Chiming in on Bellflowers

By Susan Littlefield

Few groups of flowering plants show the diversity of the bellflower clan, or campanulas. With bell-shaped, tubular or star-shaped flowers in shades of blue, white, pink, and red, they have growth habits that range from low and creeping to tall and upright. Most of the garden-worthy choices are perennials, although there are some annuals and a biennial in the genus. And all are beautiful, even the few that are such vigorous spreaders and seeders that you may need to think twice about including them in your garden.

To help gardeners choose from among the many possibilities this genus offers, the Chicago Botanic Garden evaluated 89 different species and cultivars for eight years in their Zone 5 gardens. Plants were grown in full sun and given only minimal maintenance in an effort to duplicate the kind of care they would receive in most home gardens. Plants were evaluated for ornamental quality, vigor, resistance to pests and disease problems, and winter hardiness, receiving an overall rating of from one to five stars.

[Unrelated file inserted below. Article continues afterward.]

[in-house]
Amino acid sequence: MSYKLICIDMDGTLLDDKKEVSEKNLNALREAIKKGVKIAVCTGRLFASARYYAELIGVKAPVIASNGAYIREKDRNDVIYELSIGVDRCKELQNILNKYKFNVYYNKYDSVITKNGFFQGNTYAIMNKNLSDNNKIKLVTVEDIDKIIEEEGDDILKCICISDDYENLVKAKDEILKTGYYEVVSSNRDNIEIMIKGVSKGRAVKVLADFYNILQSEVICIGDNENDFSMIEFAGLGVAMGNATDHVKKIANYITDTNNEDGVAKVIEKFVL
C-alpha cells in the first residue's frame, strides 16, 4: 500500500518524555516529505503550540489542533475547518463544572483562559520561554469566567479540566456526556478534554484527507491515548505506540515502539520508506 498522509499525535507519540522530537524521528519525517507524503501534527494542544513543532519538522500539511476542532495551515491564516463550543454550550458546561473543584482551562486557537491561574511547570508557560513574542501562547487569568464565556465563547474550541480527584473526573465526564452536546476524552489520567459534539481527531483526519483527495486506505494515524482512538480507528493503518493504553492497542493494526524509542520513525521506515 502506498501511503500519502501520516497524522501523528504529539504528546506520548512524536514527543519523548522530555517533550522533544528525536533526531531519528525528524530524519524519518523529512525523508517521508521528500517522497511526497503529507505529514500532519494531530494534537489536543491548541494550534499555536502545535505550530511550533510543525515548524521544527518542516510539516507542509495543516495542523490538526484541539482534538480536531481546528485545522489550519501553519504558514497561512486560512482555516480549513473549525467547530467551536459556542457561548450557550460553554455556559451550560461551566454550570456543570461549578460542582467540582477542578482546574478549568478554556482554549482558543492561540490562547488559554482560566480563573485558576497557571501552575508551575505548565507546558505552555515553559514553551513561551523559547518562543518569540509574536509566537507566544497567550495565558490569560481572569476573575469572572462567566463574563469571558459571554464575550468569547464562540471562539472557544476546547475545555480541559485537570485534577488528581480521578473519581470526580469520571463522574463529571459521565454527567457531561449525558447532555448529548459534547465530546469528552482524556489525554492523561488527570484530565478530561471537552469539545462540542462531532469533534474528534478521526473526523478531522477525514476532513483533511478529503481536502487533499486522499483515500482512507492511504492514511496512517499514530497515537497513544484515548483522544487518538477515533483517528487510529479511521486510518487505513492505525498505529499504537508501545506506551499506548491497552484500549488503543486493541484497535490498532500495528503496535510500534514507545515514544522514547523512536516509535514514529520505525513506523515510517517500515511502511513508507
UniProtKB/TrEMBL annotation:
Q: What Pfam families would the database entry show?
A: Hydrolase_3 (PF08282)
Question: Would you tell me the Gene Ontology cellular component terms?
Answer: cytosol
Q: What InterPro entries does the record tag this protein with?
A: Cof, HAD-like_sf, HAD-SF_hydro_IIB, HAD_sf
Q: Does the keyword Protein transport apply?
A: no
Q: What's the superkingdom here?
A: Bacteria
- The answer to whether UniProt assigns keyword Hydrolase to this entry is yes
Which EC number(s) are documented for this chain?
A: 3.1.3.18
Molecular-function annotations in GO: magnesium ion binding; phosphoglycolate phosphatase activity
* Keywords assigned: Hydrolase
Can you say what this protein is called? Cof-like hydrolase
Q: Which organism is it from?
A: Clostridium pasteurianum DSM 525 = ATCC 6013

The sole five-star winner was the 22 inch tall hybrid cultivar 'Sarastro'. A cross between Campanula punctata and C. trachelium, 'Sarastro' has a compact, non-spreading habit and a profusion of large, tubular, violet-blue flowers over a long period.

Many other plants received a four-star rating, including the low-growing, spreading Serbian bellflower (C. poscharskyana) and several of its cultivars, and the petite, long-blooming hybrid 'Samantha'. Given the range of sizes, colors, and growth habits, there is no doubt a bellflower that is just right for a spot in your garden.

To read the entire bellflower performance appraisal, go to: Chicago Botanic Garden.

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